I have recently been trying to understand the theory regarding harmonic extensions in $\mathbb R^n$. I have, however, had some difficulties to find the kind of results I am looking for. For that reason I was hoping to get an answer to the below question here.

Let $g:B(x, 2r) \to \mathbb R$ be real analytic and suppose $u$ is the harmonic function in $B(x, r)$ such that $u=g$ on $\partial B(x, r)$.

Now my question is whether it is possible to extend $u$ to a harmonic function $\tilde u$ in $B(x, (1+\delta)r)$ for some $\delta >0$. In other words, is it possible to find a function $\tilde u$ such that $\tilde u = u$ in $\overline{B(x,r)}$ and $\tilde u$ is harmonic in $B(x, (1+\delta)r)$?

  • $\begingroup$ This can't be true by Hopf's lemma. $\endgroup$
    – k3thomps
    May 15, 2014 at 17:59

1 Answer 1


The answer is No. Consider the function $g(x,y)=\sum_{k=0}^{\infty}r^{k}2^{-k}cos{n_k\varphi}$, where $(r, \varphi)$ are the usial polar coordinates in the plane $(x,y)$. Then $g(x,y)$ is real analytic in the disk $B(0, 2)$. The harmonic extension of $g(x,y)$ from the unit circle is given by $u(x,y)=\sum_{k=0}^{\infty}r^{n_k}2^{-k}cos{n_k\varphi}$. If $u(x,y)$ is harmonic in $B(0, 1+\delta)$ for some $\delta>0$, then the function $f(z)=\sum_{k=0}^{\infty}z^{n_k}2^{-k}$ is an analytic function of $z=x+iy$ in $B(0, 1+\delta)$. But this fails for $n_k=k^k$.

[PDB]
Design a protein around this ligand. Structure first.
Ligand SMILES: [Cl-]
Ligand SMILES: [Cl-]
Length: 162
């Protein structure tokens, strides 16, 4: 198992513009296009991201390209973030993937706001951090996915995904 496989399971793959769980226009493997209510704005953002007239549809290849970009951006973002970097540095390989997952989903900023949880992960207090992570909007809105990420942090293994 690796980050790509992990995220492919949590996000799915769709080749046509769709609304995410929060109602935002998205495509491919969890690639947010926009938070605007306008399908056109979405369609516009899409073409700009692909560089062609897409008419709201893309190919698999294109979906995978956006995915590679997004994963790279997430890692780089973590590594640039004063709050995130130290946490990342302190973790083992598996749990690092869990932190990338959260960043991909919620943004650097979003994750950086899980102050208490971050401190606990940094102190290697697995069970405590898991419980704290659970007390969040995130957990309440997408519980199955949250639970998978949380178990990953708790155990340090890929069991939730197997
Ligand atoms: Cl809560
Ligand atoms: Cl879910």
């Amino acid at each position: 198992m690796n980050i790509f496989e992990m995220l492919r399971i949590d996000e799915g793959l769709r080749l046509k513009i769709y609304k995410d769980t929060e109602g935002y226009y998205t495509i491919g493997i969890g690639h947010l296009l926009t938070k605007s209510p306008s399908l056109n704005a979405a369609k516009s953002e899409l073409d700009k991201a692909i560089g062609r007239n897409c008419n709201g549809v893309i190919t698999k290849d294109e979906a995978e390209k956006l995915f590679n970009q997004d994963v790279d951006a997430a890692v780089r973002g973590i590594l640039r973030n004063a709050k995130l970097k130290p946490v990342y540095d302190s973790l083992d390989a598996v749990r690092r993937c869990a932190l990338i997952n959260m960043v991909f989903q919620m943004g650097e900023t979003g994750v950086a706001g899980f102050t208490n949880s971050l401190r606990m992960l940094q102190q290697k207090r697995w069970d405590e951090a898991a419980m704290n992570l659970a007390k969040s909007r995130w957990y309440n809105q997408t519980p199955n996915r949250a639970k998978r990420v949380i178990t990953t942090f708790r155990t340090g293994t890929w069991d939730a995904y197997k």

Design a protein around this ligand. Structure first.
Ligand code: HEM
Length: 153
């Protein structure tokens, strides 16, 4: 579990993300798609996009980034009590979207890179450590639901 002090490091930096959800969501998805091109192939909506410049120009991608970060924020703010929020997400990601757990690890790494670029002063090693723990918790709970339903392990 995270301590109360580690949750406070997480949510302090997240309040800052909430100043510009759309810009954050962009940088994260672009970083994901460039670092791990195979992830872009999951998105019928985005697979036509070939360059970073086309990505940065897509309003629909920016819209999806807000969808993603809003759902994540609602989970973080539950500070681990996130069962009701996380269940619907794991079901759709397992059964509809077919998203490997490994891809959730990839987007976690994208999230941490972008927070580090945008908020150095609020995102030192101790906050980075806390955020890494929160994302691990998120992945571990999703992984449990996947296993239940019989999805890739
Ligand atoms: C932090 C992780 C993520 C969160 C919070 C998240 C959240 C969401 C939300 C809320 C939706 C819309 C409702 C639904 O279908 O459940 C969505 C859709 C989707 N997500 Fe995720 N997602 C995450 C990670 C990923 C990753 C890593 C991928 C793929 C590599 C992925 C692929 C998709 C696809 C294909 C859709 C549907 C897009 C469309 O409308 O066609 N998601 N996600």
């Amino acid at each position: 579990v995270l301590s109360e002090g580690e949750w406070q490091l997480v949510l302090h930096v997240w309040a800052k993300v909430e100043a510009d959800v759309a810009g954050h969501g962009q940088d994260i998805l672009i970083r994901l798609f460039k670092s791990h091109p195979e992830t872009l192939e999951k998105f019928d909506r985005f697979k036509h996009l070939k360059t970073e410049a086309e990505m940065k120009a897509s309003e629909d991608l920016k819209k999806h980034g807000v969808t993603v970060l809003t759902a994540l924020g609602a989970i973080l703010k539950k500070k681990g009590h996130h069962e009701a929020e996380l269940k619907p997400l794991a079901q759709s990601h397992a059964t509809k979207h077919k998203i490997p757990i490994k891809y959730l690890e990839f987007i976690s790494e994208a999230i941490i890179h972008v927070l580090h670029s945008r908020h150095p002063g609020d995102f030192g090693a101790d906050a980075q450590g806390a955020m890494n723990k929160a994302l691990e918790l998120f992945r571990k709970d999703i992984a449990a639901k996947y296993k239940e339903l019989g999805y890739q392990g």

Andrei Pokrovskii, pokrovsk@imath.kiev.ua


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